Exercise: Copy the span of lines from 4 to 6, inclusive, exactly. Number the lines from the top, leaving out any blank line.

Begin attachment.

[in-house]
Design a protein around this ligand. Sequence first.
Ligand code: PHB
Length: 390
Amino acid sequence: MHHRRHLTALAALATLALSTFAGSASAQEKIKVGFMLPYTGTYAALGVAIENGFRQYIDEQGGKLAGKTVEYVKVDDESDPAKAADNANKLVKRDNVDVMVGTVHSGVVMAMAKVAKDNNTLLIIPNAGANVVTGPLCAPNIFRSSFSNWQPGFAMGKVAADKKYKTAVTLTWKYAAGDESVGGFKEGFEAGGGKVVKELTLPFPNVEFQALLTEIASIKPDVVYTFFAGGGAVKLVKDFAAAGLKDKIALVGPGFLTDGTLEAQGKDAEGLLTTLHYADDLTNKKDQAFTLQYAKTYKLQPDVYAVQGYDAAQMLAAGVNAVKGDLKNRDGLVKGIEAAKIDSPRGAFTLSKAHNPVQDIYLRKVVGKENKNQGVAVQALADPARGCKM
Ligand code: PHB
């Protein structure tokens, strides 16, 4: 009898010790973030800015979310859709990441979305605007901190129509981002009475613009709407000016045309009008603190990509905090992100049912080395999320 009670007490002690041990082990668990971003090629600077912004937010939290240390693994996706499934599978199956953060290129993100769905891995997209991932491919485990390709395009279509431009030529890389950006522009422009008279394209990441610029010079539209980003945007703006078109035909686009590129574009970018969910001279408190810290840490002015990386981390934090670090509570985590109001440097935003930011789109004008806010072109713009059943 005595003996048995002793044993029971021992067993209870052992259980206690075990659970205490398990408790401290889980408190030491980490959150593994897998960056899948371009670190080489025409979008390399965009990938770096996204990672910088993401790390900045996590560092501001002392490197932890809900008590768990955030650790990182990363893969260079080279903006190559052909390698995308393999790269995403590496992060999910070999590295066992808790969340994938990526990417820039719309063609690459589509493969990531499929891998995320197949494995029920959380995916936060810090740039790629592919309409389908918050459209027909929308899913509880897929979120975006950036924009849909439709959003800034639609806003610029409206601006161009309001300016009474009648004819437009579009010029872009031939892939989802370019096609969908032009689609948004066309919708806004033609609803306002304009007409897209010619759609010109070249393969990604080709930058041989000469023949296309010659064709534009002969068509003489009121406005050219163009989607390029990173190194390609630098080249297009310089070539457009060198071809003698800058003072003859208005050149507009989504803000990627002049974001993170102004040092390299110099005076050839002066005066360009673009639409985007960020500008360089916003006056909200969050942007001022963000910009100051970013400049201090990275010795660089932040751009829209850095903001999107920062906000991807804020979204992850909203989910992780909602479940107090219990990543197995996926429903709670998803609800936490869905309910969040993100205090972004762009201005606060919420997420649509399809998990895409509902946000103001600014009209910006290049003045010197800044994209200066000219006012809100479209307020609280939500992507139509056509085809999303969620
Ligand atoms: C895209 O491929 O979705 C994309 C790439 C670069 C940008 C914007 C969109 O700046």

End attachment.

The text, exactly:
Length: 390
Amino acid sequence: MHHRRHLTALAALATLALSTFAGSASAQEKIKVGFMLPYTGTYAALGVAIENGFRQYIDEQGGKLAGKTVEYVKVDDESDPAKAADNANKLVKRDNVDVMVGTVHSGVVMAMAKVAKDNNTLLIIPNAGANVVTGPLCAPNIFRSSFSNWQPGFAMGKVAADKKYKTAVTLTWKYAAGDESVGGFKEGFEAGGGKVVKELTLPFPNVEFQALLTEIASIKPDVVYTFFAGGGAVKLVKDFAAAGLKDKIALVGPGFLTDGTLEAQGKDAEGLLTTLHYADDLTNKKDQAFTLQYAKTYKLQPDVYAVQGYDAAQMLAAGVNAVKGDLKNRDGLVKGIEAAKIDSPRGAFTLSKAHNPVQDIYLRKVVGKENKNQGVAVQALADPARGCKM
Ligand code: PHB